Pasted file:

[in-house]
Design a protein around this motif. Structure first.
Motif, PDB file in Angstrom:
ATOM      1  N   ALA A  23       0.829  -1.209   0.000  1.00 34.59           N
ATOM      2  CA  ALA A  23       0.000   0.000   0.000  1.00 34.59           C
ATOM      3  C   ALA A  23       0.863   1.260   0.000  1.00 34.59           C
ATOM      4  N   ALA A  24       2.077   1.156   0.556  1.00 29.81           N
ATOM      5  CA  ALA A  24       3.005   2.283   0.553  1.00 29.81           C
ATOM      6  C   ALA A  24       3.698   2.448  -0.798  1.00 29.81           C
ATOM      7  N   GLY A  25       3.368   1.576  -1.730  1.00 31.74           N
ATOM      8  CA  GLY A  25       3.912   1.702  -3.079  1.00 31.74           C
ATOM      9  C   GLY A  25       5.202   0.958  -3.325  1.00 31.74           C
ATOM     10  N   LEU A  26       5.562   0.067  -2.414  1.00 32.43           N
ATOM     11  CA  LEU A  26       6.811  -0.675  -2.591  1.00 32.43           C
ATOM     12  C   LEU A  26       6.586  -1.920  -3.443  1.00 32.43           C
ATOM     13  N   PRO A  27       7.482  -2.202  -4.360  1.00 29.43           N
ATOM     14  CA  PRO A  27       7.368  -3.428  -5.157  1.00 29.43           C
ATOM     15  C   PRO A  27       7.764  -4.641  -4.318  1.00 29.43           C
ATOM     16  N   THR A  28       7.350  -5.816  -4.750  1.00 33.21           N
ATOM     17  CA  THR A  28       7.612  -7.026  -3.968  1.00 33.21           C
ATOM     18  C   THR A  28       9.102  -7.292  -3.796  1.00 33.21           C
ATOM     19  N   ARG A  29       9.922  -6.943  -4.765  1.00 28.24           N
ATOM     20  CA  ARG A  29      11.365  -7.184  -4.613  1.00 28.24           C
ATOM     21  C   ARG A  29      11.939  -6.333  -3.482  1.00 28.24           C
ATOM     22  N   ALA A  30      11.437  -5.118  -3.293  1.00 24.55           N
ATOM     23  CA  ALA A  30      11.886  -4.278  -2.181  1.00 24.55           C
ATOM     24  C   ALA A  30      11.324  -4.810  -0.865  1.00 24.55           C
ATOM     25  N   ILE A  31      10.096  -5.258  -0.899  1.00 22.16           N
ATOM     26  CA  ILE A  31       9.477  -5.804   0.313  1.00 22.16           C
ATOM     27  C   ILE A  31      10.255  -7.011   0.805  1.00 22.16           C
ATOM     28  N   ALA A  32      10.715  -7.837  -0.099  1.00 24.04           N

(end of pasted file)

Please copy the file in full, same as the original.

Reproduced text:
[in-house]
Design a protein around this motif. Structure first.
Motif, PDB file in Angstrom:
ATOM      1  N   ALA A  23       0.829  -1.209   0.000  1.00 34.59           N
ATOM      2  CA  ALA A  23       0.000   0.000   0.000  1.00 34.59           C
ATOM      3  C   ALA A  23       0.863   1.260   0.000  1.00 34.59           C
ATOM      4  N   ALA A  24       2.077   1.156   0.556  1.00 29.81           N
ATOM      5  CA  ALA A  24       3.005   2.283   0.553  1.00 29.81           C
ATOM      6  C   ALA A  24       3.698   2.448  -0.798  1.00 29.81           C
ATOM      7  N   GLY A  25       3.368   1.576  -1.730  1.00 31.74           N
ATOM      8  CA  GLY A  25       3.912   1.702  -3.079  1.00 31.74           C
ATOM      9  C   GLY A  25       5.202   0.958  -3.325  1.00 31.74           C
ATOM     10  N   LEU A  26       5.562   0.067  -2.414  1.00 32.43           N
ATOM     11  CA  LEU A  26       6.811  -0.675  -2.591  1.00 32.43           C
ATOM     12  C   LEU A  26       6.586  -1.920  -3.443  1.00 32.43           C
ATOM     13  N   PRO A  27       7.482  -2.202  -4.360  1.00 29.43           N
ATOM     14  CA  PRO A  27       7.368  -3.428  -5.157  1.00 29.43           C
ATOM     15  C   PRO A  27       7.764  -4.641  -4.318  1.00 29.43           C
ATOM     16  N   THR A  28       7.350  -5.816  -4.750  1.00 33.21           N
ATOM     17  CA  THR A  28       7.612  -7.026  -3.968  1.00 33.21           C
ATOM     18  C   THR A  28       9.102  -7.292  -3.796  1.00 33.21           C
ATOM     19  N   ARG A  29       9.922  -6.943  -4.765  1.00 28.24           N
ATOM     20  CA  ARG A  29      11.365  -7.184  -4.613  1.00 28.24           C
ATOM     21  C   ARG A  29      11.939  -6.333  -3.482  1.00 28.24           C
ATOM     22  N   ALA A  30      11.437  -5.118  -3.293  1.00 24.55           N
ATOM     23  CA  ALA A  30      11.886  -4.278  -2.181  1.00 24.55           C
ATOM     24  C   ALA A  30      11.324  -4.810  -0.865  1.00 24.55           C
ATOM     25  N   ILE A  31      10.096  -5.258  -0.899  1.00 22.16           N
ATOM     26  CA  ILE A  31       9.477  -5.804   0.313  1.00 22.16           C
ATOM     27  C   ILE A  31      10.255  -7.011   0.805  1.00 22.16           C
ATOM     28  N   ALA A  32      10.715  -7.837  -0.099  1.00 24.04           N